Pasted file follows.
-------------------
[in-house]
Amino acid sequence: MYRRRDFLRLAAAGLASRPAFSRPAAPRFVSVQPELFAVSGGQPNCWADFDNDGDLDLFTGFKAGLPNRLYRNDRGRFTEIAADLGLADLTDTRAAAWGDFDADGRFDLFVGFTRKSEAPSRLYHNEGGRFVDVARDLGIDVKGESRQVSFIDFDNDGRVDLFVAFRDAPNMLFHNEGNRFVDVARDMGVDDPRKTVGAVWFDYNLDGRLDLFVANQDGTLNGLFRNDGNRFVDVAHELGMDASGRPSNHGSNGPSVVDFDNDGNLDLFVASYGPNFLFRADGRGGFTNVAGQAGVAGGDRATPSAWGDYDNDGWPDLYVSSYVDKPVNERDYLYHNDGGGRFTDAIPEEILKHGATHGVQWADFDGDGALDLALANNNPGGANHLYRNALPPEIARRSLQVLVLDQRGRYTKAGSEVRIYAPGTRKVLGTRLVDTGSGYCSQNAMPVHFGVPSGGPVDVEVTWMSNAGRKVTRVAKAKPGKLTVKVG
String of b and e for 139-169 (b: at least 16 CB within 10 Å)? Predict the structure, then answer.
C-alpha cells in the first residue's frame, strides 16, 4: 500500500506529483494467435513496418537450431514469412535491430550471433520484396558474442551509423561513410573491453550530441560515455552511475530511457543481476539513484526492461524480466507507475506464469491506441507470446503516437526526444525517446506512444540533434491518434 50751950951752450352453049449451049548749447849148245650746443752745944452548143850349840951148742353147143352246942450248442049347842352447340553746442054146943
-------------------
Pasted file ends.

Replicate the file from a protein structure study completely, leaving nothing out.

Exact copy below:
[in-house]
Amino acid sequence: MYRRRDFLRLAAAGLASRPAFSRPAAPRFVSVQPELFAVSGGQPNCWADFDNDGDLDLFTGFKAGLPNRLYRNDRGRFTEIAADLGLADLTDTRAAAWGDFDADGRFDLFVGFTRKSEAPSRLYHNEGGRFVDVARDLGIDVKGESRQVSFIDFDNDGRVDLFVAFRDAPNMLFHNEGNRFVDVARDMGVDDPRKTVGAVWFDYNLDGRLDLFVANQDGTLNGLFRNDGNRFVDVAHELGMDASGRPSNHGSNGPSVVDFDNDGNLDLFVASYGPNFLFRADGRGGFTNVAGQAGVAGGDRATPSAWGDYDNDGWPDLYVSSYVDKPVNERDYLYHNDGGGRFTDAIPEEILKHGATHGVQWADFDGDGALDLALANNNPGGANHLYRNALPPEIARRSLQVLVLDQRGRYTKAGSEVRIYAPGTRKVLGTRLVDTGSGYCSQNAMPVHFGVPSGGPVDVEVTWMSNAGRKVTRVAKAKPGKLTVKVG
String of b and e for 139-169 (b: at least 16 CB within 10 Å)? Predict the structure, then answer.
C-alpha cells in the first residue's frame, strides 16, 4: 500500500506529483494467435513496418537450431514469412535491430550471433520484396558474442551509423561513410573491453550530441560515455552511475530511457543481476539513484526492461524480466507507475506464469491506441507470446503516437526526444525517446506512444540533434491518434 50751950951752450352453049449451049548749447849148245650746443752745944452548143850349840951148742353147143352246942450248442049347842352447340553746442054146943